• My pants are tight around my middle and by the end of the day they are uncomfortably cutting into my tummy.
  • I have shirts which do not fit like they’re supposed to.
  • I don’t put my jeans in the dryer because they shrink down and then I can’t really get them on/done up.
  • When sitting on the sofa at night in my jammies I will cover myself with a blanket so that my spouse doesn’t see my tummy rolls.
  • When getting dressed I have to run the gauntlet list in my head of what fits and looks right and what doesn’t.
I am less than 15 pounds higher than I wish to be….and where I wish to be is well within the acceptable range for my height and body type.  I like 160-165 pounds on me…I have been there and I want to go back there.  I liked it there…all my clothes fit, I was comfortable in my body (any less and I was uncomfortable all the time, sitting in hard chairs hurt my bum and my back, my brain was all tripped out)…and not being there anymore without a very good reason for it….well that’s like having the little word ‘fail’ tattooed right on my forehead.  Small enough so that only I can see it, but there nonetheless.
I’ve been reading blogs lately (a great way to get motivation, to stay in the right mindset, to learn new ways etc) and the majority of the blogs which tag “Weight Watchers” or “weight loss” are people who are at the beginning or middle of a long journey.  It’s inspiring to read about regular people changing their lives, making better choices and feeling better.  Does the fact that my journey is shorter and less obvious make it any less credible?  Does that mean that when I go and weigh in every week that I deserve the upturned eyebrow from the chronic weight-watchers in the group?   Is it any less of an accomplishment to be down each week?  Or any less of a piss off if I’ve gained?  Is it any easier for me to turn down a drink or a piece of cake in favour of my goals?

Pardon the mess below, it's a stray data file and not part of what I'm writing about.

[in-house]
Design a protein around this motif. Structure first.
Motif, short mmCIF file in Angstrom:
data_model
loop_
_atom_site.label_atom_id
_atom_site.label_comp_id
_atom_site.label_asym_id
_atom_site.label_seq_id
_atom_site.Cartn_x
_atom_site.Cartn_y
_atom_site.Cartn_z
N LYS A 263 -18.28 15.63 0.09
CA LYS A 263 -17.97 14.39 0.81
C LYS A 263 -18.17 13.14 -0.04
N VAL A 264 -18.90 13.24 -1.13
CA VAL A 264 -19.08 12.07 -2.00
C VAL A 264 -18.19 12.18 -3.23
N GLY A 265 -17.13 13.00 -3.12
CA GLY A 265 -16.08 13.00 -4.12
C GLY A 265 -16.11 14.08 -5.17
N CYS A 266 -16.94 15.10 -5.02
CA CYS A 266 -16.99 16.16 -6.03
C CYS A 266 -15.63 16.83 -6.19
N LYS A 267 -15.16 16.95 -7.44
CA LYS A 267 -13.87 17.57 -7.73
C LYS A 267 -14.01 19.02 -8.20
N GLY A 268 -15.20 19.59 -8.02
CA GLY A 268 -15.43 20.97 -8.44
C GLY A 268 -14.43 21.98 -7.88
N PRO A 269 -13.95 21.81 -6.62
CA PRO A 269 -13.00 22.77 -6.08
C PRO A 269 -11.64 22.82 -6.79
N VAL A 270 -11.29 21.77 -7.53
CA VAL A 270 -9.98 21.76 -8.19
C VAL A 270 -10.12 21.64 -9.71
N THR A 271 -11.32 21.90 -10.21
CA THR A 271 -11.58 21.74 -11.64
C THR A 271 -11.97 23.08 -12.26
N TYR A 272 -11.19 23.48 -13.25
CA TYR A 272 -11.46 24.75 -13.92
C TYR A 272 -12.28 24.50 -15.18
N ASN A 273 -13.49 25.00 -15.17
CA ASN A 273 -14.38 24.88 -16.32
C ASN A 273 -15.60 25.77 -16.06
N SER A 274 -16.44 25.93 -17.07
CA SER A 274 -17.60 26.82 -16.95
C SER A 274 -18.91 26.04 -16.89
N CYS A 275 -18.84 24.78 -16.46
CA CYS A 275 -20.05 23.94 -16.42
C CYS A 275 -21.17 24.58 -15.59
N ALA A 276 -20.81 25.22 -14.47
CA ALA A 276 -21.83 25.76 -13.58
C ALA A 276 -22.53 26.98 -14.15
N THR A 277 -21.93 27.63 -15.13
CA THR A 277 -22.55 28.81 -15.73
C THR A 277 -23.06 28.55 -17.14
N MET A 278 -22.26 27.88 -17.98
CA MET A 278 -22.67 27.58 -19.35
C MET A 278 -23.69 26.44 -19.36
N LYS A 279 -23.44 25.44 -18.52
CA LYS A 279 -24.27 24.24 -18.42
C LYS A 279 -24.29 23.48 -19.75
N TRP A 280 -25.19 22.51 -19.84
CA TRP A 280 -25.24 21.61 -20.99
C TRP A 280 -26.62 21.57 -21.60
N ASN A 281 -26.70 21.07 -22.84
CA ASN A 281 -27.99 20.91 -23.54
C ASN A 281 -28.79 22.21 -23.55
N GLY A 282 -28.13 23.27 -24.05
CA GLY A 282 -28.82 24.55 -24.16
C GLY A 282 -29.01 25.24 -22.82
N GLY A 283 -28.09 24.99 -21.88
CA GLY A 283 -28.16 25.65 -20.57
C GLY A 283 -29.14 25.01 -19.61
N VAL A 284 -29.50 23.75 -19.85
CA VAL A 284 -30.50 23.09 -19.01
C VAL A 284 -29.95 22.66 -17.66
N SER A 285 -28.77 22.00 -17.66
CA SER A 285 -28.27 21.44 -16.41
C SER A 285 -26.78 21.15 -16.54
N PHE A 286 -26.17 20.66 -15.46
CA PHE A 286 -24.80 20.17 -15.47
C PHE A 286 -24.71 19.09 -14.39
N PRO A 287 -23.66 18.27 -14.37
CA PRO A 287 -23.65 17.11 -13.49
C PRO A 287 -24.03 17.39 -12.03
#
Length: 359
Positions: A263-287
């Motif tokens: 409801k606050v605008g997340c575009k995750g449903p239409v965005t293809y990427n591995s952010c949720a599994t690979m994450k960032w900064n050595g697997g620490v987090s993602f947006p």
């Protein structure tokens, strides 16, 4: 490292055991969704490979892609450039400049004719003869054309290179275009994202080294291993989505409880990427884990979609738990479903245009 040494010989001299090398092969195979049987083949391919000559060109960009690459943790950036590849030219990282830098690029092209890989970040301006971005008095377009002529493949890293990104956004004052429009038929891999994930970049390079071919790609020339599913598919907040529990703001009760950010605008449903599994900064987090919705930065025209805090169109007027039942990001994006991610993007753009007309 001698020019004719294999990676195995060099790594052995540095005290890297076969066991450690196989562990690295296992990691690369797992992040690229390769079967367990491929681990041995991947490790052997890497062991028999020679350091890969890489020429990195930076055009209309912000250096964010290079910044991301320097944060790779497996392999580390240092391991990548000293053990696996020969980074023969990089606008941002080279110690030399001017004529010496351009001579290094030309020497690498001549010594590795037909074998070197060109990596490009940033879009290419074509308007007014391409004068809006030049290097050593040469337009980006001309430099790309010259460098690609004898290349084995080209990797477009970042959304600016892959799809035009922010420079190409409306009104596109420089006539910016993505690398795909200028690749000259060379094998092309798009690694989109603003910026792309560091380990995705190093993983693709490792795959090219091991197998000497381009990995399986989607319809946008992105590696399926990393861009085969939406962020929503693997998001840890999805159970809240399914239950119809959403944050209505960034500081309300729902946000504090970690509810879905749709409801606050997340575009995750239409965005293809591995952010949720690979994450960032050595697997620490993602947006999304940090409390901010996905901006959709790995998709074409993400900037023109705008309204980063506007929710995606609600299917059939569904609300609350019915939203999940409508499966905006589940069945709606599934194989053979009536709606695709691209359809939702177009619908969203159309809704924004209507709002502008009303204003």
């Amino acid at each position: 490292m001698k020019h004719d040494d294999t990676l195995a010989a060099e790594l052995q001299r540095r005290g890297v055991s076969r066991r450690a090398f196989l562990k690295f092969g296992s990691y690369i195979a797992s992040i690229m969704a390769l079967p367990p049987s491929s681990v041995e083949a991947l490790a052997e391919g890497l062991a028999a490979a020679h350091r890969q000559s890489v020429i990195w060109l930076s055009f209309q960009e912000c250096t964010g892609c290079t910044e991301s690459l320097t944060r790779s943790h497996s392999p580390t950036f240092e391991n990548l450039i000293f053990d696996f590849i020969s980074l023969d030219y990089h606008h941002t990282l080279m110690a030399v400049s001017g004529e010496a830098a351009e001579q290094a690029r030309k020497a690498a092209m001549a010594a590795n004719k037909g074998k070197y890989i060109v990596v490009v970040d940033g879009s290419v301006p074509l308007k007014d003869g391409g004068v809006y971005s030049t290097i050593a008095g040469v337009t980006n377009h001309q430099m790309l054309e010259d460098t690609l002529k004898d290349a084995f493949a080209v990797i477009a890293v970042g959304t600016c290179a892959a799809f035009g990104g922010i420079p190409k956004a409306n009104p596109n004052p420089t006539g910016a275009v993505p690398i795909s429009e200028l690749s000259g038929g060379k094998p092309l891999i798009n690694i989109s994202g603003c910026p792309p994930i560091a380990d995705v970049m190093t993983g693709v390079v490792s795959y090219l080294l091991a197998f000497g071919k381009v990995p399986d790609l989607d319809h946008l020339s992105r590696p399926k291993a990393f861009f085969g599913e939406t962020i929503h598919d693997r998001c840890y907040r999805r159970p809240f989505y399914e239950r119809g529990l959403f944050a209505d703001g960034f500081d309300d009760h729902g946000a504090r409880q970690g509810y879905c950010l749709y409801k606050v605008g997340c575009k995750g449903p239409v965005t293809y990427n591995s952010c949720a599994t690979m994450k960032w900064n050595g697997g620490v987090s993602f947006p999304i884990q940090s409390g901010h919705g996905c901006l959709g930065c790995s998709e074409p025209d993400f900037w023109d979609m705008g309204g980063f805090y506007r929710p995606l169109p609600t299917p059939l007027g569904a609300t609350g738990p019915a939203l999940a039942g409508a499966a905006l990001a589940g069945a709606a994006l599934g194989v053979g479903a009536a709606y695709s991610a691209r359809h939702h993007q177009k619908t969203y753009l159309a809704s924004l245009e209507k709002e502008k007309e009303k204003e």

Those phrases that I wrote above, do they apply to you?  How much do you have to lose?  They apply to me right now and I don’t have too far to go.  They also applied to me when I was over a hundred pounds overweight.  It doesn’t matter how much you have to lose (within reason and not getting into eating disorders or body perception issues) what matters is how you feel.  Do any of the phrases above seem like the person is comfortable with themselves or where they are?  And if they aren’t, shouldn’t they be trying to fix it? 
Everyone has their own struggle, their own battle, their own finish line and their own motivation for doing what they do.  Just because I am smaller than I once was and perhaps I am society’s vision of acceptable, I do not feel comfortable with where I am and that makes my desire to lose some weight and tone and gain fitness just as valid as if I had 100 pounds to lose.  Furthermore….when is it acceptable to go back to a weight loss program?  Do I have to wait until it’s physically obvious to people around me so that I don’t hurt anyone’s feelings or make them feel bad?  Or can I nip it now?  
It’s never over.  It. Is. Never. Over.  There is no finish line…there is just unending “try”.  Try to lose, try to get fit, try to keep it off, try to push longer, further, faster.  TRY.  Everyone, no matter their size, if they are trying for something that improves them and their image, physical and self, should be supported by everyone else who is trying.  Even if our ‘try’ looks different or we’re trying for different things.
My Love List ~ October 6, 2011
This morning I am grateful for:
spinning class last night which makes me feel fantastic this morning!
a morning chat w/ a coworker
books, lots and lots of books
pretty jewellry
the start of The Regular Season

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